The Scrapbook was saddened to learn last week of the death, after a long illness, of Sir Martin Gilbert, the British historian. He was 78 years old. Sir Martin, whose grandparents had fled to England from czarist Russia after a pogrom, was an Oxford-educated scholar and writer of exceptional fluency and industry. Obituary tributes have made much of the fact that he produced some 80 books in his lifetime—an astonishing record, by any measure—but of course, there was more to his achievement than mere numbers.Read more
Anyone reading this knows where he was on September 11, 2001. A diminishing number remember where they were on January 30, 1965—the day we said farewell to Winston Churchill. (He died fifty years ago, January 24, 1965.)Read more
Scrapbook correspondent Richard M. Langworth, the author and longtime president of the Churchill Centre in Washington, D.C., weighs in on the new statue of Gandhi to be erected in London . . .
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Every time you realize how badly the media mangles something you know about, you wonder how well they are interpreting what you don’t know.Read more
The Scrapbook notes, with sadness, the death last week in London of 91-year-old Mary Soames, the youngest and last surviving child of Sir Winston Churchill. From her time as a very young woman in the Auxiliary Territorial Service (the British equivalent of the WAC), where she assisted her father at his various wartime conferences, through her career as the wife of a prominent politician, mother, biographer, benefactor, and resource for historians, Lady Soames led a long and productive life. And by all accounts, a happy one as well.Read more
From Brandeis on the Atlantic to Azusa on the Pacific, an iron curtain has descended across academia. Behind that line lie all the classrooms of the ancient schools of America. Wesleyan, Brown, Princeton, Vassar, Bryn Mawr, Berkeley, Bowdoin, and Stanford, all these famous colleges and the populations within them lie in what we must call the Liberal sphere, and all are subject in one form or another, not only to influence but to a very high and, in many cases, increasing measure of control from the commissars of Liberal Orthodoxy. . . .Read more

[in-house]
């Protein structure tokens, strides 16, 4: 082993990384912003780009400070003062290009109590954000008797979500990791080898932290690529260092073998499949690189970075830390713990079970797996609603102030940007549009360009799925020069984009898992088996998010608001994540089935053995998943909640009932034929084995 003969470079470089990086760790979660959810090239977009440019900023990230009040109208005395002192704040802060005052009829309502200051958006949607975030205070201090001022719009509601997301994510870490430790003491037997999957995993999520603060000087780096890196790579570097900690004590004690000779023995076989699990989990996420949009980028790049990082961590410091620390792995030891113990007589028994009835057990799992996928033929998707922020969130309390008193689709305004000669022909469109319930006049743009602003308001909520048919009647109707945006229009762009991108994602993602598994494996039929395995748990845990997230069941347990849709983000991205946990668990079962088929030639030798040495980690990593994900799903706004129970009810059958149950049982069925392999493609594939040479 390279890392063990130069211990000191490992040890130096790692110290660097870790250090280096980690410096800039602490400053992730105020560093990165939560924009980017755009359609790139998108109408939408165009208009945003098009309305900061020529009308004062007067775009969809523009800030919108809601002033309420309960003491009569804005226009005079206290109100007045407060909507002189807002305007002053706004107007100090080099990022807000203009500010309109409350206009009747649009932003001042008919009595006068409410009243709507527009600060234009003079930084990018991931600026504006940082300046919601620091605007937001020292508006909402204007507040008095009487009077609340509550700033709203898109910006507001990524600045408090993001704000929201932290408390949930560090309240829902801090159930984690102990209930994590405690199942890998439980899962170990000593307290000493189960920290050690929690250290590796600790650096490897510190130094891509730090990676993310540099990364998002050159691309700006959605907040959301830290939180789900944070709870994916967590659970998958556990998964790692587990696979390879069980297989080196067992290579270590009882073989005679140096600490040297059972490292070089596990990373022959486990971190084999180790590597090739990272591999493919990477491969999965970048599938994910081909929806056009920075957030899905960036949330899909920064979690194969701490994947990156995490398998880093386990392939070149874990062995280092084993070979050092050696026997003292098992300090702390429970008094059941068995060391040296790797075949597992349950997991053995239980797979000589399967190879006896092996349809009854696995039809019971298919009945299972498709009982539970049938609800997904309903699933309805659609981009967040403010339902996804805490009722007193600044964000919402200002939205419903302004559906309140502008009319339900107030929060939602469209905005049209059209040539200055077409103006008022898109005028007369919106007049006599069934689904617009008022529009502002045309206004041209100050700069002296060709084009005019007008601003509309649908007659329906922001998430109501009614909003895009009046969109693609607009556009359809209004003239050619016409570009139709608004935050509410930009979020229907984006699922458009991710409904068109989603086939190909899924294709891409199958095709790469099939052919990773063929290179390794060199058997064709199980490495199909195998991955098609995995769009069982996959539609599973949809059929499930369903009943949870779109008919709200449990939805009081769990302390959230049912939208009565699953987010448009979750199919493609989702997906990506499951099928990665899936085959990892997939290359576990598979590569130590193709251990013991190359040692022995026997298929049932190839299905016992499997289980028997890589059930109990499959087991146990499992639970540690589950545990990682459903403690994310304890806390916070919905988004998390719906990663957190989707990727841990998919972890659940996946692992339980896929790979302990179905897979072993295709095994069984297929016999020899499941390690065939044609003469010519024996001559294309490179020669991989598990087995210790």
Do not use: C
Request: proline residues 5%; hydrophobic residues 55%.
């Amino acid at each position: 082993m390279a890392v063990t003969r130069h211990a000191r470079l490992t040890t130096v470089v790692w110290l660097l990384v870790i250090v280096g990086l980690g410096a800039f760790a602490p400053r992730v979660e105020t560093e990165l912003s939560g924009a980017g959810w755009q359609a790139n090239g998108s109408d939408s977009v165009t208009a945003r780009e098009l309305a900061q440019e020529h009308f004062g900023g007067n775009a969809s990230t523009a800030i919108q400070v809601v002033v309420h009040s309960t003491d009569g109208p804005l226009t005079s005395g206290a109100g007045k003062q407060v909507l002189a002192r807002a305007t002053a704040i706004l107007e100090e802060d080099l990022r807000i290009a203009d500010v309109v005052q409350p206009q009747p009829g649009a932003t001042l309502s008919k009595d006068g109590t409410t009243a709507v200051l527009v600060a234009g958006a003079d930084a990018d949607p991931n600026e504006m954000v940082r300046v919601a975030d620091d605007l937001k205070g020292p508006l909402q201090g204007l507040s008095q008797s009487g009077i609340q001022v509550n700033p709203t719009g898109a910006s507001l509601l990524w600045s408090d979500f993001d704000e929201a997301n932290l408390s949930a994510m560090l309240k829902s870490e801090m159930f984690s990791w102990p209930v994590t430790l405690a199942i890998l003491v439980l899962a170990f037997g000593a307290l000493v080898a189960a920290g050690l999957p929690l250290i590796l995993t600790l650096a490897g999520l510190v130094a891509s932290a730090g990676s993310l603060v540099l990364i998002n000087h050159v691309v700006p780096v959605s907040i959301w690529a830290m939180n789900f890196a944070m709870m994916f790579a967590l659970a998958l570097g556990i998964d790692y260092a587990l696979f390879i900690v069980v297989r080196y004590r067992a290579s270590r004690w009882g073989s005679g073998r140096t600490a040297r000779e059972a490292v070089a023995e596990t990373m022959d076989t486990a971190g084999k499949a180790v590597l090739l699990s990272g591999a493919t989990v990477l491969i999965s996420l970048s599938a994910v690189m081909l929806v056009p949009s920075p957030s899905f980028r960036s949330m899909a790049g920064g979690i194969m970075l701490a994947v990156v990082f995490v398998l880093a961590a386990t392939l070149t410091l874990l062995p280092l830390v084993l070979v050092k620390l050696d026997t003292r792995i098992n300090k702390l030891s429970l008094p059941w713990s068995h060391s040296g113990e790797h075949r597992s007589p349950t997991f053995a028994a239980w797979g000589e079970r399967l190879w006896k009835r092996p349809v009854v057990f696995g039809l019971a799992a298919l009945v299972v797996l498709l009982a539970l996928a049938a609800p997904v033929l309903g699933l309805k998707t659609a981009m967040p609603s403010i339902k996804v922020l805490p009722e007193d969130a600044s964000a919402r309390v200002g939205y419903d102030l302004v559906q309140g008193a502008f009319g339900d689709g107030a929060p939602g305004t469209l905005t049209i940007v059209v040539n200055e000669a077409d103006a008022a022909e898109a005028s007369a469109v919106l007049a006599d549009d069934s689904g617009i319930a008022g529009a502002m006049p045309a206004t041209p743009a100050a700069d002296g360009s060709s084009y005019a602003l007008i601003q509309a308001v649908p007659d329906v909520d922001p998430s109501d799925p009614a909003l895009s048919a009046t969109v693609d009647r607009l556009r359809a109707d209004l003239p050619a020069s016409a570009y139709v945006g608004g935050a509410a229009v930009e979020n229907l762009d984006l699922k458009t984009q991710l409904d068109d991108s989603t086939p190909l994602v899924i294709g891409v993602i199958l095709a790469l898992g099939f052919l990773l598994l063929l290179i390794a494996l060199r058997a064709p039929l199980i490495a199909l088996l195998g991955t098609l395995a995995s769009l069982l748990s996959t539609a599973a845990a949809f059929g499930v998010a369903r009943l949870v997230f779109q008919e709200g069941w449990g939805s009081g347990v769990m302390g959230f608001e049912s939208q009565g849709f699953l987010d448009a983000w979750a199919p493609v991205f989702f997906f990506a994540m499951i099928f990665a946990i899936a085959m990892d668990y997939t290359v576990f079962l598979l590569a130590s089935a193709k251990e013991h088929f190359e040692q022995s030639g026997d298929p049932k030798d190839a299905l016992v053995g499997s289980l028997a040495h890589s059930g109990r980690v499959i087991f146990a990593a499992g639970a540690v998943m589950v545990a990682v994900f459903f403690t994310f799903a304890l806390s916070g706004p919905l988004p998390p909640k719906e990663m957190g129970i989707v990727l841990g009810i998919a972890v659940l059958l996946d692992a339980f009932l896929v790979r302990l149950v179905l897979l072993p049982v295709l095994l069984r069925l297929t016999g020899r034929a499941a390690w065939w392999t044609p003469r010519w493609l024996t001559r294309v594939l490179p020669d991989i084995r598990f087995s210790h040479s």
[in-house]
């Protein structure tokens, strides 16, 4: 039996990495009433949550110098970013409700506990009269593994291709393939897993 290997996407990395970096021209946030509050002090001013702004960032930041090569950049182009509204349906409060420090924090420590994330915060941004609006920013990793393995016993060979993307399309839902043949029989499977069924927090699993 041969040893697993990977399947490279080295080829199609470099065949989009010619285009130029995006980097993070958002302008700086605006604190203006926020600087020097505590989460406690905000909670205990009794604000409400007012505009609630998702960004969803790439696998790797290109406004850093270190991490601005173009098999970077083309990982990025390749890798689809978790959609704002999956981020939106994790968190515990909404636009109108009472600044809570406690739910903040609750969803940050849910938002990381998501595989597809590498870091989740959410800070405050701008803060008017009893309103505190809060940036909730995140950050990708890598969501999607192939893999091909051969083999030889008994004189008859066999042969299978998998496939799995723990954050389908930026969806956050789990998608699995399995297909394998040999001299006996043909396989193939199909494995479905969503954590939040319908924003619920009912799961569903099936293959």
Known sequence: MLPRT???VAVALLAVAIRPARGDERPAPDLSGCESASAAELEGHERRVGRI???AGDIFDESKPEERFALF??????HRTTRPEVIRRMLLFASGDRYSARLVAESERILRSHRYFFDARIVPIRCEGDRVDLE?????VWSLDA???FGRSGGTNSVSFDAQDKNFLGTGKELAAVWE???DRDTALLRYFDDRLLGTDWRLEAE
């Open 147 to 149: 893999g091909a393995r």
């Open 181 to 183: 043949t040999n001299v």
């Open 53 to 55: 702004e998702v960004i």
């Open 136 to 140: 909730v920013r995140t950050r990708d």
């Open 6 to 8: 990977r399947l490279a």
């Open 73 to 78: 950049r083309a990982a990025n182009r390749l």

Maybe Barack Obama really is a Marxist. His September 10 speech to the nation on Syria seems to have been inspired by Groucho’s great number in Animal Crackers (1930):
Hello, I must be going
I cannot stay, I came to say I must be going
I’m glad I came, but just the same, I must be going . . . la-la!
And now, what’s going to happen to us without barbarians?
They were, those people, a kind of solution.
How many times in the last century have these concluding lines of C. P. Cavafy’s famous 1898 poem, “Waiting for the Barbarians,” been quoted? How many modern intellectuals have pondered the subversive implications of that sophisticated question?Read more
The gratitude of every home in our island, in our Empire, and indeed throughout the world, except in the abodes of the guilty, goes out to the British airmen who, undaunted by odds, unwearied in their constant challenge and mortal danger, are turning the tide of the world war by their prowess and by their devotion. Never in the field of human conflict was so much owed by so many to so few.
—Winston Churchill, tribute to the Royal Air Force,
House of Commons, August 20, 1940
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